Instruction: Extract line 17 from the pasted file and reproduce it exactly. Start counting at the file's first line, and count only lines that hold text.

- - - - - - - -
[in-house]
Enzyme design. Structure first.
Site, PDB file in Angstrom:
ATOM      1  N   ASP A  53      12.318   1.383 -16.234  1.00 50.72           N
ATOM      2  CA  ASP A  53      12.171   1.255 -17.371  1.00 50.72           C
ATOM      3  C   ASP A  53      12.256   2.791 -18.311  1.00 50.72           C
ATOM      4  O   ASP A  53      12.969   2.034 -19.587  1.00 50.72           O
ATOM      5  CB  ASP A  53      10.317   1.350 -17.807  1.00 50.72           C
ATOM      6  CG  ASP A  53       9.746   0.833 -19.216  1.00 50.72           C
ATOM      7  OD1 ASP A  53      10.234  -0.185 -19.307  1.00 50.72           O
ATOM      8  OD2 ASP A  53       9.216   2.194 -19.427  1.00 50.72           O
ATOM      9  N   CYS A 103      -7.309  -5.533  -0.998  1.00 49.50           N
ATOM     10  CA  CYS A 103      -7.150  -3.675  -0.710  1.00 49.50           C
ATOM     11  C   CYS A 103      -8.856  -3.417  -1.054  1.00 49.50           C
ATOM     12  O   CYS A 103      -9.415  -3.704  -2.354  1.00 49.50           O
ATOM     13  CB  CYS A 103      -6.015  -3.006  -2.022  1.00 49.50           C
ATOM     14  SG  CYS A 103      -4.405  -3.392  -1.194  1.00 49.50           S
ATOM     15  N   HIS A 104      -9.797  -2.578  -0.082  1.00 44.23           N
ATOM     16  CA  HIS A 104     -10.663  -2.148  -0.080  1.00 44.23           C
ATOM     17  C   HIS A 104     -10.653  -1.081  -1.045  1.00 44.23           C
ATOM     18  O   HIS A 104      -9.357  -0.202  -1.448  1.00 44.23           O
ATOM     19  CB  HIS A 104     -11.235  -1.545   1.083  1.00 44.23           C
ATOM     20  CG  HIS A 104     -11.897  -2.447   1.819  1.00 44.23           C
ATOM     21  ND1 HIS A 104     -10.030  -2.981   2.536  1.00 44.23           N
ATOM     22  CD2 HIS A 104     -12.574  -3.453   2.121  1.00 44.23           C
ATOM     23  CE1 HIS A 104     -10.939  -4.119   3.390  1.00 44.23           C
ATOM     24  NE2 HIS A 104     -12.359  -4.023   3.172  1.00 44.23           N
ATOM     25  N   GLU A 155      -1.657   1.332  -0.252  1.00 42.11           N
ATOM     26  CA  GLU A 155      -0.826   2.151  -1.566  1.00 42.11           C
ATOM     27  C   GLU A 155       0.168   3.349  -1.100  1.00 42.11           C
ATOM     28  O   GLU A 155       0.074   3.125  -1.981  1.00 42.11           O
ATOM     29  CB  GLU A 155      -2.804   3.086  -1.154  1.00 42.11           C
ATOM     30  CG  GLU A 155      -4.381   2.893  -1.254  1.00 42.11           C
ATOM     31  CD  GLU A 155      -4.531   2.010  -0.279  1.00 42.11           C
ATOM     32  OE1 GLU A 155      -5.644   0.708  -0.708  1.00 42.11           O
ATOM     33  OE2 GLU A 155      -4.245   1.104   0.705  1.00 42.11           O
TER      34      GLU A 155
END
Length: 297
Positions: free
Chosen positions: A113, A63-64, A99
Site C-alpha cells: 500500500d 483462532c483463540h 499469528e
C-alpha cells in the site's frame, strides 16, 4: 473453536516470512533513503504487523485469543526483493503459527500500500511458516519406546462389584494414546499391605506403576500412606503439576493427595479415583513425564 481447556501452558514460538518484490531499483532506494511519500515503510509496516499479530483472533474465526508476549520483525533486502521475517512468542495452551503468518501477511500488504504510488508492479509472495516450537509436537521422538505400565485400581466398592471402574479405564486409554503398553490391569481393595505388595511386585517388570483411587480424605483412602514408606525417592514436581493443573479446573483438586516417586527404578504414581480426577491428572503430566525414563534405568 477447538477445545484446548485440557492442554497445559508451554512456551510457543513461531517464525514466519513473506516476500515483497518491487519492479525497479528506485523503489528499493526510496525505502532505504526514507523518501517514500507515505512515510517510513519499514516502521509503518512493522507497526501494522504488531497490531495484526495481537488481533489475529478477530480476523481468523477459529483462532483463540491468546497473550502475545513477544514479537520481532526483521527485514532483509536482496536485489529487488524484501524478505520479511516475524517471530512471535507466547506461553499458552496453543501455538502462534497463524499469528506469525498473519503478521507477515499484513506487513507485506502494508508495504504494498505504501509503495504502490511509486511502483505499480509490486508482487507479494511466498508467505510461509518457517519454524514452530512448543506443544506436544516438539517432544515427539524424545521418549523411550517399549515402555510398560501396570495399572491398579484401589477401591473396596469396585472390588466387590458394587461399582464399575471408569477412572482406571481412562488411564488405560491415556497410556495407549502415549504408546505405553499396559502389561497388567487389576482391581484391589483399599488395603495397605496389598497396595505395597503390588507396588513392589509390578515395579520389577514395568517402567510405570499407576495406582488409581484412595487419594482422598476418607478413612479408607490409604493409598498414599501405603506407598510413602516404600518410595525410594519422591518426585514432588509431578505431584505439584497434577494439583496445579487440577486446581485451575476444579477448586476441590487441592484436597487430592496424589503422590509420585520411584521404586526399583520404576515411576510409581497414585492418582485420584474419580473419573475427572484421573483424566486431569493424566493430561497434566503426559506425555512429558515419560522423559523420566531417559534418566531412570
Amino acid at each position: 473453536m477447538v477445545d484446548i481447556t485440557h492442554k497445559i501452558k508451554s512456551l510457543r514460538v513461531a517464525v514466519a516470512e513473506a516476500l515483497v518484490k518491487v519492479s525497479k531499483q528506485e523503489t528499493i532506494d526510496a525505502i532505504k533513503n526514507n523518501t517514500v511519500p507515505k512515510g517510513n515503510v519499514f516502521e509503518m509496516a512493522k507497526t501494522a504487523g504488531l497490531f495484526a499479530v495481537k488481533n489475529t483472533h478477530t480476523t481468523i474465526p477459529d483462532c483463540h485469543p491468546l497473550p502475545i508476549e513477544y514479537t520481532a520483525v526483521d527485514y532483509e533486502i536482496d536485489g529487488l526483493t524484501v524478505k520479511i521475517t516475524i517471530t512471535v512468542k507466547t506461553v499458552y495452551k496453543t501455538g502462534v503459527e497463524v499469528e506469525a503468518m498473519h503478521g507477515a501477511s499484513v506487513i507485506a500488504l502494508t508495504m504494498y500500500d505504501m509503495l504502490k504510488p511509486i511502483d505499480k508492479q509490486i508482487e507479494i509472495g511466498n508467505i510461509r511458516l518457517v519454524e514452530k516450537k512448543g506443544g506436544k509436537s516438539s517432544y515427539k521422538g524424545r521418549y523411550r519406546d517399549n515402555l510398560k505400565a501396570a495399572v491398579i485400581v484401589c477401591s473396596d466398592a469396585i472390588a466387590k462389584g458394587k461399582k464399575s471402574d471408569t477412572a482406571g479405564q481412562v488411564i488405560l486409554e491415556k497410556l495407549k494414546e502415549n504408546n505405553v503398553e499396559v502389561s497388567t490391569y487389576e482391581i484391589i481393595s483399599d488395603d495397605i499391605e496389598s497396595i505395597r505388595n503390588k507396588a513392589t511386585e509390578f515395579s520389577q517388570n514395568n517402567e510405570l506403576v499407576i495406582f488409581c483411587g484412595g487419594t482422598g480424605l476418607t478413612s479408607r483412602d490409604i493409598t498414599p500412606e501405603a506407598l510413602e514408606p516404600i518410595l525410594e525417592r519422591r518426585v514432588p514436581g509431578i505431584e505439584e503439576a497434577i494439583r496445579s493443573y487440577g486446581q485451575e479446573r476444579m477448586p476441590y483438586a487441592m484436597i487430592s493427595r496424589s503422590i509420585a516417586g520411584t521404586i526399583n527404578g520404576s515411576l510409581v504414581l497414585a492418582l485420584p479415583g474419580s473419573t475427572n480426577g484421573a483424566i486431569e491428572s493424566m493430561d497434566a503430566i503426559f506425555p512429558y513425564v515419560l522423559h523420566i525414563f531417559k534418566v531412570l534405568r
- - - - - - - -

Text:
ATOM     14  SG  CYS A 103      -4.405  -3.392  -1.194  1.00 49.50           S